YORBA LINDA, California — Richard Nixon, in the final months of his life, quietly advised President Bill Clinton on navigating the post-Cold War world, even offering to serve as a conduit for messages to Russian President Boris Yeltsin and other government officials, newly declassified documents show.
Memos and other records show Nixon's behind-the-scenes relations with the Clinton White House. The documents are part of an exhibit opening Friday at the Nixon Presidential Library marking the centennial of his birth.
Clinton has talked often of his gratitude to Nixon for his advice on foreign affairs, particularly regarding Russia. In a video that will be part of the exhibit, Clinton recalls receiving a letter from the 37th president shortly before his death on April 22, 1994, at a time when Clinton was assessing U.S. relations "in a world growing ever more interdependent and yet ungovernable."
The documents from late February and early March 1994 show Nixon, then 81, in his role of elder statesman. It was two decades after he left the White House in disgrace during Watergate.
The exhibit records include a confidential National Security Council memo from a senior Clinton aide who spent three hours with Nixon shortly before the former president would make his 10th, and final, trip to Russia that year.
The aide, Nicholas Burns, writes that Nixon is generally supportive of White House policy on Russia but thinks the administration has not been tough enough when it comes to Russia's dealings with its neighbors.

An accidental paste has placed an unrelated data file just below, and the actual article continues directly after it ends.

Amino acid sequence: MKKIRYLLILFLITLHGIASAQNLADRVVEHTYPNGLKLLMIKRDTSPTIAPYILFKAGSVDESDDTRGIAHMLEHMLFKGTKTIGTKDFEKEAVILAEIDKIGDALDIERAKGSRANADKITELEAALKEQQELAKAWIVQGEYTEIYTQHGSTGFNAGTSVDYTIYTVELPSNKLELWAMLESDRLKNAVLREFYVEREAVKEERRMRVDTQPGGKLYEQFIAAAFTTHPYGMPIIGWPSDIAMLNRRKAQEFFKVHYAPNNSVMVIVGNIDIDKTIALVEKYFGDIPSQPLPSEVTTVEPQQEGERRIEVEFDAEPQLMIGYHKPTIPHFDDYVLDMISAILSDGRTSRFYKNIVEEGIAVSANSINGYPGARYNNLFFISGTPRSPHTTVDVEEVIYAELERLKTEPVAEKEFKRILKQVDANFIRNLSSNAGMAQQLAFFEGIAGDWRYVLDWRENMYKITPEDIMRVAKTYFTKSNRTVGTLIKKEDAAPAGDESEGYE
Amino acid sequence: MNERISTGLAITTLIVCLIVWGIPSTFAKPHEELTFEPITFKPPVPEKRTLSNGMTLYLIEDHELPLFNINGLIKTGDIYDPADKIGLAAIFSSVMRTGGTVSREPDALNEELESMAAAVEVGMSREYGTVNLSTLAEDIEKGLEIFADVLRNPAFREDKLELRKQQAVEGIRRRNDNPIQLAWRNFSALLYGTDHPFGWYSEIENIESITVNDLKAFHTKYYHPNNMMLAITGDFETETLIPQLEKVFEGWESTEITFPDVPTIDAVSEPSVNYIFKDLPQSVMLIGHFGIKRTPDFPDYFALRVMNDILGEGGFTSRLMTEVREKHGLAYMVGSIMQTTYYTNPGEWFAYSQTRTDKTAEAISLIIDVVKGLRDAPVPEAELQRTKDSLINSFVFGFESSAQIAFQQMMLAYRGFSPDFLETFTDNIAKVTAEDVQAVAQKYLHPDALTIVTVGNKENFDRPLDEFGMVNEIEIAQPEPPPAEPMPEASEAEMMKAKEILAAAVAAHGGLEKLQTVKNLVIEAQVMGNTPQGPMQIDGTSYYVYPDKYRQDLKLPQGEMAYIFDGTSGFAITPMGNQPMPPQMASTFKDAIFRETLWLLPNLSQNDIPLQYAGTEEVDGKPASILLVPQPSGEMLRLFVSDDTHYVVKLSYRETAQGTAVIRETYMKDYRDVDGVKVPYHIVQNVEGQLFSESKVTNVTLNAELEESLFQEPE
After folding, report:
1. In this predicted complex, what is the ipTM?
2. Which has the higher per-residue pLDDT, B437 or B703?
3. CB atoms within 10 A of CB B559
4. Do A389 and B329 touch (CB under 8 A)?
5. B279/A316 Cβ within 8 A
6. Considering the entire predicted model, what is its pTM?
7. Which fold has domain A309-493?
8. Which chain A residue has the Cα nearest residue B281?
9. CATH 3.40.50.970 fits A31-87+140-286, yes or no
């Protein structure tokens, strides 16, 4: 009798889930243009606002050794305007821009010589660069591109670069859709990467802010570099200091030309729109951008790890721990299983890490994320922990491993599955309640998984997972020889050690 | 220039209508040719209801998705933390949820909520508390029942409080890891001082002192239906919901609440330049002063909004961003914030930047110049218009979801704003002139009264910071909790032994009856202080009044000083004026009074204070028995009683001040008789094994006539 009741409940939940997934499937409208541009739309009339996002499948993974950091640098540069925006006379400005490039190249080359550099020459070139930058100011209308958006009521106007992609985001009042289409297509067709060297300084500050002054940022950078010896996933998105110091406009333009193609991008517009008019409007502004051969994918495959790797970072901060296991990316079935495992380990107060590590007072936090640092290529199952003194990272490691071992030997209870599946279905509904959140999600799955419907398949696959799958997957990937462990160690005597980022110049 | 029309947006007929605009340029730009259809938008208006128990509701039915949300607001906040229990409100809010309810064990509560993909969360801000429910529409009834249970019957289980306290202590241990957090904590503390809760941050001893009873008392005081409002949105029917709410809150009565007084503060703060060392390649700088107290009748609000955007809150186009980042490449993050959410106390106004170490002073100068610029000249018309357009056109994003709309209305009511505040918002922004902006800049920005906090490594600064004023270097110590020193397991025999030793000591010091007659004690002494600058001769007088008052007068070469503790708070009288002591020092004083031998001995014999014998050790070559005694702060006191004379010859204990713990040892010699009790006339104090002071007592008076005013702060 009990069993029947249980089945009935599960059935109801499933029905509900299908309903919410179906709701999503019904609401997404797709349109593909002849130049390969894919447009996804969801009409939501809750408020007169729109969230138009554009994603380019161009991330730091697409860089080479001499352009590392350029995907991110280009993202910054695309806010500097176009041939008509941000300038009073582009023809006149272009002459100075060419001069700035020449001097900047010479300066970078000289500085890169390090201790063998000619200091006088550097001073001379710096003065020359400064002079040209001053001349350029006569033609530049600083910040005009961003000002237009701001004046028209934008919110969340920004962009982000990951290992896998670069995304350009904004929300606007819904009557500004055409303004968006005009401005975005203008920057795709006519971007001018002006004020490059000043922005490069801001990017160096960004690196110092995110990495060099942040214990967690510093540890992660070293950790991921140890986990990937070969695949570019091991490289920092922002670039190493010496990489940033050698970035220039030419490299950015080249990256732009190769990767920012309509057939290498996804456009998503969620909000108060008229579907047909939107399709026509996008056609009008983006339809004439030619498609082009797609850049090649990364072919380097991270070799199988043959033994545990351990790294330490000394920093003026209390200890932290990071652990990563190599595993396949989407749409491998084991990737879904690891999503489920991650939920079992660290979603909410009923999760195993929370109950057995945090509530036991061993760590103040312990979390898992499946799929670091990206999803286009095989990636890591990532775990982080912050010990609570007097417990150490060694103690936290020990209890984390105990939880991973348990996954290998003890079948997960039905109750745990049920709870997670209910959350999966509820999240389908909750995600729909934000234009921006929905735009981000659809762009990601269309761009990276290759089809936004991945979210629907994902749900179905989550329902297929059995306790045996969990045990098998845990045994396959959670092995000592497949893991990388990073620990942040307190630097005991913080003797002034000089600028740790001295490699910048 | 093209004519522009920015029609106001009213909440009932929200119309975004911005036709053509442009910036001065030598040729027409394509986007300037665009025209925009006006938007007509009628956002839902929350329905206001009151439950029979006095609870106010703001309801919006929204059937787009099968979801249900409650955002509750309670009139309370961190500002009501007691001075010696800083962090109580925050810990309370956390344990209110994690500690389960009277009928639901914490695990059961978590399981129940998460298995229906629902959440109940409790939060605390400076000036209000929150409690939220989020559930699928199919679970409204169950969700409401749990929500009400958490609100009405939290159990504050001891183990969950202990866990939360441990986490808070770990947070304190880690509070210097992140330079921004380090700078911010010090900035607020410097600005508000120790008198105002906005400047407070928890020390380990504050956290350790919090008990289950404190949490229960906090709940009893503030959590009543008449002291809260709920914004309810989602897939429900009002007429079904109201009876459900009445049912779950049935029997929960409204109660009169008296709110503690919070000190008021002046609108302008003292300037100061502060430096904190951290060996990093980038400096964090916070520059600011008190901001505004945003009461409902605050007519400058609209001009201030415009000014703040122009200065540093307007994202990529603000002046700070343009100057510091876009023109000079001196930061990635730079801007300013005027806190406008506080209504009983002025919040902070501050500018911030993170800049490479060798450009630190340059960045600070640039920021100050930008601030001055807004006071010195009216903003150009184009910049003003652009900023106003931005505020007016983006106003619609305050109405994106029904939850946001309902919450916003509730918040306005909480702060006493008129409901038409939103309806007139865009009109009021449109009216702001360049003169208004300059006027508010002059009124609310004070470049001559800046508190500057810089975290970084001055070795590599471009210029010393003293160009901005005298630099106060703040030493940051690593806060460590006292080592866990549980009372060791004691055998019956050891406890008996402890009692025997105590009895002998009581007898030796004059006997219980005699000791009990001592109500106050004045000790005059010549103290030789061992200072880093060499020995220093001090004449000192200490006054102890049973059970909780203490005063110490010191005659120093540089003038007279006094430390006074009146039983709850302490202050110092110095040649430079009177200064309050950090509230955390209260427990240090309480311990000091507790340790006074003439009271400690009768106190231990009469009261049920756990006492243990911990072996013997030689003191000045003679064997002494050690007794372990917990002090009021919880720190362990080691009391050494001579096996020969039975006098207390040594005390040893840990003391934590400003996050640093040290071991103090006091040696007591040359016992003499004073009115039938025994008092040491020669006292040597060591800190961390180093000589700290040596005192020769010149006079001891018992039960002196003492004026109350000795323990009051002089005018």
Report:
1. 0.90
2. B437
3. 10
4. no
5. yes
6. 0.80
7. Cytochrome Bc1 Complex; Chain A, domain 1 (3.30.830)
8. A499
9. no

Nixon also advises that U.S. aid to Russia should be linked to U.S. security aims, such as nuclear balance and a reduced threat from the Russian military, rather than emphasizing the value of domestic reforms there.
Nixon also offered to carry messages to Yeltsin and others as his own, the memo says.
The documents, released through Clinton's presidential library for the exhibit, also include talking points Clinton apparently used in his call with Nixon.
Nixon's trip to Russia was followed closely in the media, in part because Yeltsin froze the former president out of the Kremlin and took away bodyguards and a limousine authorities had provided for him after Nixon held meetings with Yeltsin adversaries.
Yeltsin later backed off and urged Russian officials and parliament members to meet with Nixon.
In Clinton's video for the exhibit, he said:
"After he died, I found myself wishing I could pick up the phone and ask President Nixon what he thought about this issue or that problem, particularly if it involved Russia. I appreciated his insight and advice, and I'm glad he chose, at the end of his life, to share it with me."